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The backbeat is characterized by the dominant snare drumstroke (usually a click produced by cross-sticking) and bass drum both sounding on the third beat of every four, while beat one is left empty. Thus, the expected hit on beat one is "dropped," creating the one-drop effect. Dropping out the bass on the "one" of the measure further accentuates the downbeat of the drums creating the rhythm.
This may be seen in the drum notation for the typical rock drum pattern:
The one drop style has also been remastered and referenced in numerous non-reggae songs, including "Lucille Has Messed My Mind Up" by Frank Zappa, "The Spirit of Radio" by Rush, and "You Enjoy Myself" by Phish all placing their own twist on the one drop rhythm.
^Berry, Mick and Gianni, Jason (2004). The Drummer's Bible: How to Play Every Drum Style from Afro-Cuban to Zydeco, p.55. ISBN9781884365324.
^Sunday, April 03, 2016. "Feel it in Carlie's One Drop", JamaicaObserver.com. According to Rolling Stone Magazine, "Barrett popularised the music's signature 'One Drop' rhythm in the Wailers and Bob Marley's solo band." Accessed: 7 September 2016.
^"Carlton Barrett", Manik.sk/BobMarley. "Carlton 'Carly' Barrett was the originator of the one drop rhythm, a percussive drumming style...'My Cup (Runneth Over)', 'Duppy Conqueror', 'Soul Rebel', and 'Small Axe'. These songs became part of a double LP set that Perry released: Soul Rebels and Soul Revolution, and formed the early foundation of the one drop sound." Accessed: 7 September 2016.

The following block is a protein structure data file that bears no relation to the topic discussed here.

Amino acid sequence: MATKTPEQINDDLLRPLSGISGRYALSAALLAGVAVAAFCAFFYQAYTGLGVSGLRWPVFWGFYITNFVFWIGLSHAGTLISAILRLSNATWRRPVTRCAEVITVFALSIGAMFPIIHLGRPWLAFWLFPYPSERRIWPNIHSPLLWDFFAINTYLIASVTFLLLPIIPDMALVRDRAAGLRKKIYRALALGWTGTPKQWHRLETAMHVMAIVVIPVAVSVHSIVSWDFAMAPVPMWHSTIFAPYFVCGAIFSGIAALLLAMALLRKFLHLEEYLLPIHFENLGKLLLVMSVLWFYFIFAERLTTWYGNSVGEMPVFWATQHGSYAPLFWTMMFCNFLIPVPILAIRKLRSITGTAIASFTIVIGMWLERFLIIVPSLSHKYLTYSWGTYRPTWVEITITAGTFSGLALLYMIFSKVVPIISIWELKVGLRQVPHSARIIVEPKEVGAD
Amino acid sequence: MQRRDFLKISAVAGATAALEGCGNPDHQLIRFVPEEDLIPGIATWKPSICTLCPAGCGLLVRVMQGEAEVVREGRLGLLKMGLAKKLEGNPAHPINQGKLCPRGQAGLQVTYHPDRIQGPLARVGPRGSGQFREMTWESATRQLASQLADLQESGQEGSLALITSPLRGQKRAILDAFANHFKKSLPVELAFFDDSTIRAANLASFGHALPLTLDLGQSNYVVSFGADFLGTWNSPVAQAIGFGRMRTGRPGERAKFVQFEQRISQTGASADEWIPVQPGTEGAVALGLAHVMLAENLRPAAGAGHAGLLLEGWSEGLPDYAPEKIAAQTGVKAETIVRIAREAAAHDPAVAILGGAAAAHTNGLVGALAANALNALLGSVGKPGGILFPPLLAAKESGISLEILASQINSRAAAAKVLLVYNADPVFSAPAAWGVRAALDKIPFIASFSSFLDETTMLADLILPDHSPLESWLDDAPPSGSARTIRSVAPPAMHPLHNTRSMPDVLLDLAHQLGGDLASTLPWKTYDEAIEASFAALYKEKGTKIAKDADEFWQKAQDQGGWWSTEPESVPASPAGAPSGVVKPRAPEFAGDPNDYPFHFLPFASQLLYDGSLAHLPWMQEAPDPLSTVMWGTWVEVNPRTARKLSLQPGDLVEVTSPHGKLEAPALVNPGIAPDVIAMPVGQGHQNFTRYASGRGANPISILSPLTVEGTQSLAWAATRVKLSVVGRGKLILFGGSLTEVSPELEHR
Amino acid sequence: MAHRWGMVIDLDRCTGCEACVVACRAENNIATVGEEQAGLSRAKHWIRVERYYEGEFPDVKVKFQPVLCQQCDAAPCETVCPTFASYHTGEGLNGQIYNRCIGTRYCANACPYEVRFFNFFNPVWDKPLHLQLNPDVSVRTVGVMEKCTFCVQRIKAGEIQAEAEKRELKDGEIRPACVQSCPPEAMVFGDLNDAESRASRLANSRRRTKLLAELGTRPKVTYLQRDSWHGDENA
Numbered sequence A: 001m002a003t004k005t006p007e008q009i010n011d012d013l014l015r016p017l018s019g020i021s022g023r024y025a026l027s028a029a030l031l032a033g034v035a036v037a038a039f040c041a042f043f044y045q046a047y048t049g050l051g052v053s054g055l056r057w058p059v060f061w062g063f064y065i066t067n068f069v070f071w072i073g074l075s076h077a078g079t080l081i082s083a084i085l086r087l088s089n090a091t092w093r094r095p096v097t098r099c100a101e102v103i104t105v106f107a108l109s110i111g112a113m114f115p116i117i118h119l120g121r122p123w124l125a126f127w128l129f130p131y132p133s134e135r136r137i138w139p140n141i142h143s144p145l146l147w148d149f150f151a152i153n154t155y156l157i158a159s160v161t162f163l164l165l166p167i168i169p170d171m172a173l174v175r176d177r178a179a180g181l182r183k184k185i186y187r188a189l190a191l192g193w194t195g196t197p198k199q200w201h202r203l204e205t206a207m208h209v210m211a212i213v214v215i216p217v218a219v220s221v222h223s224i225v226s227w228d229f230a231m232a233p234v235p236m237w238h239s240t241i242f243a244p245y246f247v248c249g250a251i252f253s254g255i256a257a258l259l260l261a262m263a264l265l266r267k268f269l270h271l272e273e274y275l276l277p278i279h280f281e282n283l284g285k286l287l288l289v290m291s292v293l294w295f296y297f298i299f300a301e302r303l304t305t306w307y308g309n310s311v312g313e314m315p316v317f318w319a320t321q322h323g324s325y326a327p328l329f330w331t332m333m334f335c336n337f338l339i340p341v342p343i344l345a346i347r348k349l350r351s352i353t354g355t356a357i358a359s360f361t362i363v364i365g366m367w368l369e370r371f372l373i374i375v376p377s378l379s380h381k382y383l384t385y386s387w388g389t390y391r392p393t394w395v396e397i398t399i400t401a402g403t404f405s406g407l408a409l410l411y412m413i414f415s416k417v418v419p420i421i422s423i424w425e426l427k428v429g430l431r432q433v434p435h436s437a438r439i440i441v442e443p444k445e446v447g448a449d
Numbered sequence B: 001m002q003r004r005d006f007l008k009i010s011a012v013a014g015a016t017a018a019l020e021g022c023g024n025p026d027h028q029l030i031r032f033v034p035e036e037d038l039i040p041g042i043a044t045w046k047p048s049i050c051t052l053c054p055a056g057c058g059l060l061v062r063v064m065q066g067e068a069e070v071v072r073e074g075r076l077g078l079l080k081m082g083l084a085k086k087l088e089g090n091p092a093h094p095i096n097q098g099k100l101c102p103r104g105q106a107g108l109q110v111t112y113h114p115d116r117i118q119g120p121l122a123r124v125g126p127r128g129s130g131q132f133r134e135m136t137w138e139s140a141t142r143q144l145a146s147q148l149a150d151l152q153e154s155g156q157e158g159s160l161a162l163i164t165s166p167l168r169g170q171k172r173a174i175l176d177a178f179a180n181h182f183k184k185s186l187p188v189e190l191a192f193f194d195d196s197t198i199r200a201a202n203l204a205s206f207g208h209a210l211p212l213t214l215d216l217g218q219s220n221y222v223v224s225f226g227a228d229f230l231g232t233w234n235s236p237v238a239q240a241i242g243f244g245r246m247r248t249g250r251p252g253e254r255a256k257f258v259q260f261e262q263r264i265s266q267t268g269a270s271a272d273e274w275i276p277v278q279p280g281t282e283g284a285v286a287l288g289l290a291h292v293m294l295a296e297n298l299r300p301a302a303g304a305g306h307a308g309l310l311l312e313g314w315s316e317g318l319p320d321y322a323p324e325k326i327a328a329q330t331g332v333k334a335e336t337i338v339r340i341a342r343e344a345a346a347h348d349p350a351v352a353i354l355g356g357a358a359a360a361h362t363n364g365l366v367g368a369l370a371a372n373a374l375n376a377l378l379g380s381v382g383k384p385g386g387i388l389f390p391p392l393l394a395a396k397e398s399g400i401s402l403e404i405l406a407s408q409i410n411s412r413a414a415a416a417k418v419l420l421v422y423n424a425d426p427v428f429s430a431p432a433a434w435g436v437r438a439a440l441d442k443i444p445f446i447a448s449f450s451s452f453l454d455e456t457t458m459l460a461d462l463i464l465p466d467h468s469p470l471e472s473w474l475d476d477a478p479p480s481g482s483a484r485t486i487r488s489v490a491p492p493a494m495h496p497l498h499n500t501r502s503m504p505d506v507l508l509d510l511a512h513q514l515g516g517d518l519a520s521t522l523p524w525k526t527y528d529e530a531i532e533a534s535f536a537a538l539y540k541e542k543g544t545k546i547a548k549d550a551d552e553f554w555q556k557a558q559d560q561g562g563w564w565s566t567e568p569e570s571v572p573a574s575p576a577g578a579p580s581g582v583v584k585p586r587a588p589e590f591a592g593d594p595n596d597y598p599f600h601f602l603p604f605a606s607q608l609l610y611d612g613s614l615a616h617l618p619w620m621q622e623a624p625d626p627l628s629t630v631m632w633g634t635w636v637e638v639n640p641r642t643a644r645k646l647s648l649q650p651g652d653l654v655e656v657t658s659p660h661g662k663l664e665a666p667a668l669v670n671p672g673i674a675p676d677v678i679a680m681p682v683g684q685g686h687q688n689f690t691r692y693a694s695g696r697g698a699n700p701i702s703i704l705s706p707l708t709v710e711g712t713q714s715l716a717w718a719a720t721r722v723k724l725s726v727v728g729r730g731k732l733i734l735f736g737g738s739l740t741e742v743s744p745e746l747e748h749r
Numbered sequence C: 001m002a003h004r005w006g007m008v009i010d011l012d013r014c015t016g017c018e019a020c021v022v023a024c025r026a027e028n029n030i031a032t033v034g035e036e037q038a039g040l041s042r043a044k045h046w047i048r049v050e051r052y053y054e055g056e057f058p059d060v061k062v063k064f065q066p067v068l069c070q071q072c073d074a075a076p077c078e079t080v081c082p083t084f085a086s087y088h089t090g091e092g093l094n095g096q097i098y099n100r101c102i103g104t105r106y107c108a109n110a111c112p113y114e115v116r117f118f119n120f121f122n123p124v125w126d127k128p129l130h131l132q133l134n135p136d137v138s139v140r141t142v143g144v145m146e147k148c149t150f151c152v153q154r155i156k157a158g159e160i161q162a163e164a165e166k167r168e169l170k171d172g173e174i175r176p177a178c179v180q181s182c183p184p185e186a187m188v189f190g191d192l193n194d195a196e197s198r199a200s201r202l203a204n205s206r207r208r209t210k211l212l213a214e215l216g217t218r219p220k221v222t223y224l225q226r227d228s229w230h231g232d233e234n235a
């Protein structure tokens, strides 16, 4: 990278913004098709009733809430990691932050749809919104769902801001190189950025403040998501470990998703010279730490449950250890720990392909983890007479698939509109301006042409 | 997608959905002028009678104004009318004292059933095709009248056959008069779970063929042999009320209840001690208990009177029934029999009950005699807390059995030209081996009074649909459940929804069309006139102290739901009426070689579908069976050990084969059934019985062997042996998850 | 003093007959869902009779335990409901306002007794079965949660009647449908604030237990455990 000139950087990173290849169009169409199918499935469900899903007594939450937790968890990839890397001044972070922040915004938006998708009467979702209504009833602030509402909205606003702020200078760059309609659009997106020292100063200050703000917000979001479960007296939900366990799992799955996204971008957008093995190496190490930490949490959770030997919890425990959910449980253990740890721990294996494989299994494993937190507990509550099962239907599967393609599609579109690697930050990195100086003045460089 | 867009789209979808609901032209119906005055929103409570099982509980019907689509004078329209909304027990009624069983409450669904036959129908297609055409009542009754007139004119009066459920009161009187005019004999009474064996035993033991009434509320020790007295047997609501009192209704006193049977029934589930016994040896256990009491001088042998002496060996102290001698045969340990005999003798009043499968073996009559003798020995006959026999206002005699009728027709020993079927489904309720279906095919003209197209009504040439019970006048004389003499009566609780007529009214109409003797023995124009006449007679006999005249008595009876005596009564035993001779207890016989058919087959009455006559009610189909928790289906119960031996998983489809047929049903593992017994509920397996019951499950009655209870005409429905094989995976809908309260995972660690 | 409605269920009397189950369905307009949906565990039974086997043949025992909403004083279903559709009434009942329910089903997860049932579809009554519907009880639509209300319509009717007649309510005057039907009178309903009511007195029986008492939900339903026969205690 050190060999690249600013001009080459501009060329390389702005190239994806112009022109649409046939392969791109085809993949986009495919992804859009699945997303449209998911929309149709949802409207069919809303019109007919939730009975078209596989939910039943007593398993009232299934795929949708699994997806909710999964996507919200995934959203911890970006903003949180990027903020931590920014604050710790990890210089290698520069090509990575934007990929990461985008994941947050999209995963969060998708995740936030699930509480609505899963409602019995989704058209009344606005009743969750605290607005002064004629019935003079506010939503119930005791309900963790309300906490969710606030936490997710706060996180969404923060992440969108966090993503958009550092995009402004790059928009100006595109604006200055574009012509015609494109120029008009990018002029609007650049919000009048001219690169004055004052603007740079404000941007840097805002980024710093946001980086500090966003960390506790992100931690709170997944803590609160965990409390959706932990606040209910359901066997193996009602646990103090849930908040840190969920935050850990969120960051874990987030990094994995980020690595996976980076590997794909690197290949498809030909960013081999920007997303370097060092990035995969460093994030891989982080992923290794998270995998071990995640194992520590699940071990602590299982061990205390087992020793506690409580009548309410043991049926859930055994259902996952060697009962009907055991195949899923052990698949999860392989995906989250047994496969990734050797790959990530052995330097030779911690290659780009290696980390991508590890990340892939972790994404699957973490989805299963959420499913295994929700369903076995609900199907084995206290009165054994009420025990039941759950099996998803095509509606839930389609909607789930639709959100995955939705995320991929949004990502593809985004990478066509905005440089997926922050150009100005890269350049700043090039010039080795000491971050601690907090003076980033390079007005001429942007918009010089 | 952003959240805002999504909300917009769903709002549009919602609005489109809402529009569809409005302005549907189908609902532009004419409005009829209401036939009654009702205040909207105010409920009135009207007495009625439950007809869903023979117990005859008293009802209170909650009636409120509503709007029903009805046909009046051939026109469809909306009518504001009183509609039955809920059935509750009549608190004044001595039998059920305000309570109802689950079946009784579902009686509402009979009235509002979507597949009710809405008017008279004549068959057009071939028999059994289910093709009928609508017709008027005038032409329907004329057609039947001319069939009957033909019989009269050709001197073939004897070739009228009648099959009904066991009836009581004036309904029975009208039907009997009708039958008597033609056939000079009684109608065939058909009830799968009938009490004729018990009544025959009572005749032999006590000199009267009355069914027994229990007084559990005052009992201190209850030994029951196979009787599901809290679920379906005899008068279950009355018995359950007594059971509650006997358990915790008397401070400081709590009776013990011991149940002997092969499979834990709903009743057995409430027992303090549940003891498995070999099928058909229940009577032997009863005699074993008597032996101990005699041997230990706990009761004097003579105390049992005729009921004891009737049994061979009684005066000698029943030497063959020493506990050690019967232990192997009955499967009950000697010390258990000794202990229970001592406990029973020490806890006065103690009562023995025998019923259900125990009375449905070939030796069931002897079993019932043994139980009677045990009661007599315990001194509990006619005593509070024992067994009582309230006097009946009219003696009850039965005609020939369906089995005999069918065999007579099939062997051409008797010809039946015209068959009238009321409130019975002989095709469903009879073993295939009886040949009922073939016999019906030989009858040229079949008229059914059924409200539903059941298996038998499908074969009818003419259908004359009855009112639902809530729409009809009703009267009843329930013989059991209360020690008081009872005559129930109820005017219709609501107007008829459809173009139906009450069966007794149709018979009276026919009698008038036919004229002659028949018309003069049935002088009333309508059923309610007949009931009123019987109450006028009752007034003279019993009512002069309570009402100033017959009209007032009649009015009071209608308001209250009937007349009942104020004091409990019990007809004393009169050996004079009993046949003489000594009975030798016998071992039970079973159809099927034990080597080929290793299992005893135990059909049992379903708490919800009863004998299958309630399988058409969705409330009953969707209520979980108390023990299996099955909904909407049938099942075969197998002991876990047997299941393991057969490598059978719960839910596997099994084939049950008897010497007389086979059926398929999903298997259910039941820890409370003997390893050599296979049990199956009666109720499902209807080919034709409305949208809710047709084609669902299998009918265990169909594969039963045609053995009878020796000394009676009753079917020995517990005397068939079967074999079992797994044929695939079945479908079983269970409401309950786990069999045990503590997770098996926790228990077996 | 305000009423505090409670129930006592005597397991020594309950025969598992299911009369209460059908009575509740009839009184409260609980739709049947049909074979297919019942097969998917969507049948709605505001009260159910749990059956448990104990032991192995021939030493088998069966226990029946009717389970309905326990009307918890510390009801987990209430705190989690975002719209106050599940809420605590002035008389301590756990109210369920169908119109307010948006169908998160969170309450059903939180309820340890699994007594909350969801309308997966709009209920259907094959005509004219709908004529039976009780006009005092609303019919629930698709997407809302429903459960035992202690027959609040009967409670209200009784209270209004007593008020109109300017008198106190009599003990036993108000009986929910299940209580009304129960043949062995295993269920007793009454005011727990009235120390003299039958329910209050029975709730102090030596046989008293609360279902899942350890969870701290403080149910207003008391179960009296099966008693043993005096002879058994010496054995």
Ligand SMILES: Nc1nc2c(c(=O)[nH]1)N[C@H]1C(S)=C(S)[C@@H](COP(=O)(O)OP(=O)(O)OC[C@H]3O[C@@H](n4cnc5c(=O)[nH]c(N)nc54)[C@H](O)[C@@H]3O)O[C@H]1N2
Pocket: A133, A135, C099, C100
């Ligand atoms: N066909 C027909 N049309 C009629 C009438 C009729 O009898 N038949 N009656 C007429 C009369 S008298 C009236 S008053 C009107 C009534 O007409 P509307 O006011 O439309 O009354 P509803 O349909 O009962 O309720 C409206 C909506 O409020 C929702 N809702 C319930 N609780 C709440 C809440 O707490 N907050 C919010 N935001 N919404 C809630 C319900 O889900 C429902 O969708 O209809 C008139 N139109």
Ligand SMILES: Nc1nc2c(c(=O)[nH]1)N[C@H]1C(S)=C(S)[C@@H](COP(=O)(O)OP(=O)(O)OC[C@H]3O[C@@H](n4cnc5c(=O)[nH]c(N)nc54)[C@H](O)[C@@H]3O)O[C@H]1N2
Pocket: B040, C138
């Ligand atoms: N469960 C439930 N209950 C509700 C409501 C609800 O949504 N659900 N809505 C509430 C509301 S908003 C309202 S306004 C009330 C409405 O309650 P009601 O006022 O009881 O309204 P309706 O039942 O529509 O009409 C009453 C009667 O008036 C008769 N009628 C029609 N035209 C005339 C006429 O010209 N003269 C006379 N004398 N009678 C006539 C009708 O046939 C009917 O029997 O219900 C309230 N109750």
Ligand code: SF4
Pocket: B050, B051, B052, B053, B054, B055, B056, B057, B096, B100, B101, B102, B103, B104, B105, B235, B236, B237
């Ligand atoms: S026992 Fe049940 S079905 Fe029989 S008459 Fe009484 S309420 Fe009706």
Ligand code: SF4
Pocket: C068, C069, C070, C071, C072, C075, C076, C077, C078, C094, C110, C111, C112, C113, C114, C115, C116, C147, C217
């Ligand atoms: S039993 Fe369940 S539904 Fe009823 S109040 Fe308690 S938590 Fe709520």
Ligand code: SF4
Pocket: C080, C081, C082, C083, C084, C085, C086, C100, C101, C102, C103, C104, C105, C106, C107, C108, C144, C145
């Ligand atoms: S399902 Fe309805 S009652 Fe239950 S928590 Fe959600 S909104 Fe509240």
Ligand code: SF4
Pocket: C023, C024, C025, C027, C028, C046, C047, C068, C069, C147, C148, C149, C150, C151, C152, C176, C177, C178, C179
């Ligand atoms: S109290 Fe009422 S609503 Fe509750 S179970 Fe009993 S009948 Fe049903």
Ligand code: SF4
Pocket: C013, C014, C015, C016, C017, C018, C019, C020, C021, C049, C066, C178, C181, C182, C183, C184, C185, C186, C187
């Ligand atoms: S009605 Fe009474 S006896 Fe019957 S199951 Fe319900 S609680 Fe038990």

^ abcSchlueter, Brad (July 21, 2011). "The Greatest Reggae Beats On Record", DrumMagazine.com. "Carlton Barrett...is often credited with creating the one-drop groove." Accessed: 7 September 2016.
^Perone, James (2012). The Album: A Guide to Pop Music's Most Provocative, Influential, and Important Creations, unpaginated, n.8. ABC-CLIO. ISBN9780313379079. "The rhythm was pioneered by the Wailers' rhythm section, Aston 'Family Man' Barrett and his brother, Carlton 'Carlie' Barrett."
^David Katz (8 November 2000). "Winston Grennan - Background musician with foreground players". London: Guardian.co.uk. Retrieved 2011. "Grennan developed for rock steady the one-drop rhythm that was marked by a prominent snare drum stroke on the third beat of every measure. It was this hard beat on the third, he explained, 'that would cut the beat in half'." Accessed: 7 September 2016.
^Pareles, Jon (4 November 2000). "Winston Grennan, 56, Jamaican Drummer". The New York Times. "The one-drop rhythm is a sparse, unhurried beat with a bass-drum accent -- the one drop -- on the third beat. ... Mr. Grennan notched down the speed of rock steady with the one-drop rhythm, which became established as the core of reggae." Accessed: 7 September 2016.
^Murphy, Bill. "Bass Culture: Dub Reggae's Low-End Legacy." Bass Player Nov 1996: 40-42, 44, 47, 51, 94. Print.
^Prior, Helen (2016). Music and Familiarity: Listening, Musicology and Performance, p.244. Routledge. ISBN9781317092537.
^"20 Crossover Hits." Modern Drummer Aug 2012: 64. Print.